Stephen Legg

Professor of Historical Geography at the University of Nottingham

Stephen is a Professor of Historical Geography at the University of Nottingham. He studies the spatial politics of late-colonial India and is the author of Spaces of Colonialism: Delhi’s Urban Governmentalities (Blackwell, 2007) and Prostitution and the Ends of Empire: Scale, Governmentalities and Interwar India (Duke University Press, 2014). He is also the co-editor of two recent volumes, Subaltern Geographies: Subaltern Studies, Space and the Geographical Imagination (with Tariq Jazeel) and South Asian Governmentalities: Michel Foucault and the Question of Postcolonial Orderings (with Deana Heath).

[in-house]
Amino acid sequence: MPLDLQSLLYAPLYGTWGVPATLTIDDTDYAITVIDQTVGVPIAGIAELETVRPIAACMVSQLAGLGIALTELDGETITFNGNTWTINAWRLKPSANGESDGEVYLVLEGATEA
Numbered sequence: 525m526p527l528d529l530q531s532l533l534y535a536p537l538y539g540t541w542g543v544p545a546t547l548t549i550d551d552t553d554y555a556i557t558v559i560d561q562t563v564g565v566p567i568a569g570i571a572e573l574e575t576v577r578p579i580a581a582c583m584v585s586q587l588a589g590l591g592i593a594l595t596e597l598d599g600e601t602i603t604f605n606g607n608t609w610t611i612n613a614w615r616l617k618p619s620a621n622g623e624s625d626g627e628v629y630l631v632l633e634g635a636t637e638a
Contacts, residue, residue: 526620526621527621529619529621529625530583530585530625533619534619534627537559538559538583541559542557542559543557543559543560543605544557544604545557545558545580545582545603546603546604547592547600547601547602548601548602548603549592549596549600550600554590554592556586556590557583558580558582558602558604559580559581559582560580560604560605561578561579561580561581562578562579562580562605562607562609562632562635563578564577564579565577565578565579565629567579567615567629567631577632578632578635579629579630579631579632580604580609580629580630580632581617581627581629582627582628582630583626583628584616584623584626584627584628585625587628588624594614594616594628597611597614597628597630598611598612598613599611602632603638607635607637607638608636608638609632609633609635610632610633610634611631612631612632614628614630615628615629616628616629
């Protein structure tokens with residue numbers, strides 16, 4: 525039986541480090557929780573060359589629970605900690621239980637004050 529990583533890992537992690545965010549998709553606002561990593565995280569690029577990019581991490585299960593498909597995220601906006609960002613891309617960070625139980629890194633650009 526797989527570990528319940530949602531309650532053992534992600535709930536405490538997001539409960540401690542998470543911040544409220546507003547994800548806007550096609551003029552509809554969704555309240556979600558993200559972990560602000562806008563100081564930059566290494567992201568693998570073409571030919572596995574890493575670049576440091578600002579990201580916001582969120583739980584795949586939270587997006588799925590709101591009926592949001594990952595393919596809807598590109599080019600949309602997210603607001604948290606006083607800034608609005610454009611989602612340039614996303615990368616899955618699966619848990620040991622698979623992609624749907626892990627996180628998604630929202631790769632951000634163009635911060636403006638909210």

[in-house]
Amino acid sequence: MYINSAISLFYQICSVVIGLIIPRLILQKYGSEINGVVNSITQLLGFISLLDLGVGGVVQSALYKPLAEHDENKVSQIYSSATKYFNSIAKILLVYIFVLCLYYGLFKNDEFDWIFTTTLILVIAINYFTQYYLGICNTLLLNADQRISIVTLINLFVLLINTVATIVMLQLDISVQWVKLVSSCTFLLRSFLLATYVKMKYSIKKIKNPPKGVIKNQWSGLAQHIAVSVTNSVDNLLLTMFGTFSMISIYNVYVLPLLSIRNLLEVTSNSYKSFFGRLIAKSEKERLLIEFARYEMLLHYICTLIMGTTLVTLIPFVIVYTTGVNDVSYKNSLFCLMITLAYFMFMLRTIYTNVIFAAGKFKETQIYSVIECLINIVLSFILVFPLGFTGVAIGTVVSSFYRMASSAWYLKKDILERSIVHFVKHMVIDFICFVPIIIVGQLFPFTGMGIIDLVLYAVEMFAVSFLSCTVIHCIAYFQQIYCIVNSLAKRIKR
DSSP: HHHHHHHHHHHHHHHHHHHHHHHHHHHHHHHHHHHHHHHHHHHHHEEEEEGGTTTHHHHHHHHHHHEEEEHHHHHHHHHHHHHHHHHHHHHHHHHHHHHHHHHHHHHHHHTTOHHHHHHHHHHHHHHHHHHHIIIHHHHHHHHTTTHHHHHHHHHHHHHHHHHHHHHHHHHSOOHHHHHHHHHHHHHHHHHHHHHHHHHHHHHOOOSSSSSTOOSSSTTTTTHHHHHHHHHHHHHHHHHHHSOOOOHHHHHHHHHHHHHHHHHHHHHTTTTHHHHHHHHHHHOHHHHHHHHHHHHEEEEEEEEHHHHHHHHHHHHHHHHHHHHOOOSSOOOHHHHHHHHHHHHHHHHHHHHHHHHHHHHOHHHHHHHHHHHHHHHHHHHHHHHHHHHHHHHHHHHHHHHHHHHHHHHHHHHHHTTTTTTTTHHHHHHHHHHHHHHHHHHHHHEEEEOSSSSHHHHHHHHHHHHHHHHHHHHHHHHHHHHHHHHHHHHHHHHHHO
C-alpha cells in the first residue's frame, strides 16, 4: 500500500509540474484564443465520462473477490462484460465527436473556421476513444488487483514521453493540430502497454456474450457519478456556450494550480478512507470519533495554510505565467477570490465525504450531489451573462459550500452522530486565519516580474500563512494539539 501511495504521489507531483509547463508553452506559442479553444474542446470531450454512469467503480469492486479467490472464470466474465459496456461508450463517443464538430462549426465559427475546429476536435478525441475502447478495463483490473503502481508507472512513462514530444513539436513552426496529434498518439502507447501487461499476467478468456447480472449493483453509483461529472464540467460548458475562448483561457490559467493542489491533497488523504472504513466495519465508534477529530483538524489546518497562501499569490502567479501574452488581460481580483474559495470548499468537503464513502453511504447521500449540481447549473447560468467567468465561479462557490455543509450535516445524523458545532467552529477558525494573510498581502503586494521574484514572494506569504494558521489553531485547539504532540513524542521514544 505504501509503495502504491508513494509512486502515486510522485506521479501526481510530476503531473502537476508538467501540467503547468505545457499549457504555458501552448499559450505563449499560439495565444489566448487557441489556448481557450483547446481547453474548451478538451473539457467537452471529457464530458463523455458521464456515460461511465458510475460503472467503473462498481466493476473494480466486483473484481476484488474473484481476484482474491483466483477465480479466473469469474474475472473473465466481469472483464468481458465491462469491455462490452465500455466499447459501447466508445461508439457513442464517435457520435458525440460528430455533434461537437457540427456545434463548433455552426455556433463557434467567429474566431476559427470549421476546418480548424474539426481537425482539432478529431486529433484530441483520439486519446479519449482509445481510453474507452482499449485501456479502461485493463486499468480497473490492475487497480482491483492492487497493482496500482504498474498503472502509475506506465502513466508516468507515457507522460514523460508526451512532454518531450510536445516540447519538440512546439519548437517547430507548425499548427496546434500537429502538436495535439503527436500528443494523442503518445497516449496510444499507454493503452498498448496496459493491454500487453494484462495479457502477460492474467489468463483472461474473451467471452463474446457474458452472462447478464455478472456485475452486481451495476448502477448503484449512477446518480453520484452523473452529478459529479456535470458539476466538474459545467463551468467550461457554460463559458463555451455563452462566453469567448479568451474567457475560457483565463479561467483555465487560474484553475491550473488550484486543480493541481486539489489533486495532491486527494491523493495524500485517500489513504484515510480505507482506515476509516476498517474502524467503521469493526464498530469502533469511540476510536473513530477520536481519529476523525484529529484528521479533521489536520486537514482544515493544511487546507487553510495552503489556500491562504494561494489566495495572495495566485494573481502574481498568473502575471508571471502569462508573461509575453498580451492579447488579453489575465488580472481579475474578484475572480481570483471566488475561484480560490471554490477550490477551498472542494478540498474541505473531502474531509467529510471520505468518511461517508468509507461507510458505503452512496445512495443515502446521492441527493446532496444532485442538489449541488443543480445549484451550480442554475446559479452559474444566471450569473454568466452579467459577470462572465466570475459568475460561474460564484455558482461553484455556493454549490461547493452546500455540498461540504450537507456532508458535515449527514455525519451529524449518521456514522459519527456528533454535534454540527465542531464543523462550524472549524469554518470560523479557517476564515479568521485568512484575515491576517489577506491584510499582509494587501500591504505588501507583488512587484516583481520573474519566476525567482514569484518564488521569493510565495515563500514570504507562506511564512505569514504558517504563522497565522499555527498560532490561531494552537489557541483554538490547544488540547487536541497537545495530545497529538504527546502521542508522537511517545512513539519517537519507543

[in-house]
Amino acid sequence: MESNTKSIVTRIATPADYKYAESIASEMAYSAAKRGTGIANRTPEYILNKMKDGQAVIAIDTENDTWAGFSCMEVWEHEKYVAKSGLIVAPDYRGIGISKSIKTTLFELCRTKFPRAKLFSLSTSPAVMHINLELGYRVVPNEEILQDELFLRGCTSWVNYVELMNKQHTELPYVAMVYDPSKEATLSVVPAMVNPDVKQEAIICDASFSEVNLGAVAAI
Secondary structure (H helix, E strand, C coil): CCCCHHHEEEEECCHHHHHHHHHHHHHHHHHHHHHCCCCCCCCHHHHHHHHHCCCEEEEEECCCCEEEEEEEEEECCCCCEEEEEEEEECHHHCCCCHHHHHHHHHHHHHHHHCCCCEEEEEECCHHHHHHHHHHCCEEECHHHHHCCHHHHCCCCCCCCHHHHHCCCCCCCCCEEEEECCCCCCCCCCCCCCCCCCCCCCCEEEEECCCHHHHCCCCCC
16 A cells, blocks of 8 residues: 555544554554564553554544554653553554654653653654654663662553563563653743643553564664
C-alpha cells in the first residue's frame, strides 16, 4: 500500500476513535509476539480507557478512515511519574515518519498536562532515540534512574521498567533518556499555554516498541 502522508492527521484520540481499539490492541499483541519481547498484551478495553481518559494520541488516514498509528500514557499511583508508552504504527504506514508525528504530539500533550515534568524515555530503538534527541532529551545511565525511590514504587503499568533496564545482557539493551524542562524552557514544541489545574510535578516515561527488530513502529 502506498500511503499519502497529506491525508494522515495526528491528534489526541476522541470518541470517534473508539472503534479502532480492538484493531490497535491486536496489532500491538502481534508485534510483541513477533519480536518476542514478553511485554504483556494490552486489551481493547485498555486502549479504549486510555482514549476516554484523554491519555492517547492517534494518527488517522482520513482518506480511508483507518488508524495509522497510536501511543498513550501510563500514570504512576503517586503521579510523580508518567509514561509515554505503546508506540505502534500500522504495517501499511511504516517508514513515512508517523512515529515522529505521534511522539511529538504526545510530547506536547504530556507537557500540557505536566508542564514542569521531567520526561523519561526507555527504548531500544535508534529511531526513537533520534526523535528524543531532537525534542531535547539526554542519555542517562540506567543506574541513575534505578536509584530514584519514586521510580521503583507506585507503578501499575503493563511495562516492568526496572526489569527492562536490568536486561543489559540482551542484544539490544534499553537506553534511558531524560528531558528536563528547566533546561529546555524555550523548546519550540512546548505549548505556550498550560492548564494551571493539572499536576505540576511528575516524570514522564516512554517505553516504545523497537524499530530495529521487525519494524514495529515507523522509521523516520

Stephen’s research on internationalism emerged out of an empirical interest in the League of Nations and its reception in colonial India, and in the writings on international law of Carl Schmitt. He is currently working on the Round Table Conference of 1930-32 between India and Britain as a contested example of an imperial internationalism. He is the PI on the four-year AHRC-funded project “Conferencing the International: A cultural and historical geography of the origins of internationalism,1919-1939”, working alongside Co-I Professor Mike Heffernan and Research Fellow Dr Jake Hodder. The project examines liberal, imperial and radical forms of internationalism as manifested in their conferencing spaces between the wars. Drawing from archives across three continents, the project reconstructs the local, national and global geographies of three important groups of interwar conferences: the Round Table Conference; the Pan-African Congresses; and the International Studies conferences organised by the League of Nations’ International Committee of Intellectual Cooperation (ICIC). Often articulating emergent South Asian and black internationalisms, each of these conferences provided a public commentary on the interwar political world and the prospects of a new international order which it was seen to make possible. This project re-assembles and re-interprets the dispersed archives of these conferences through an analysis of their infrastructures, materials and performances.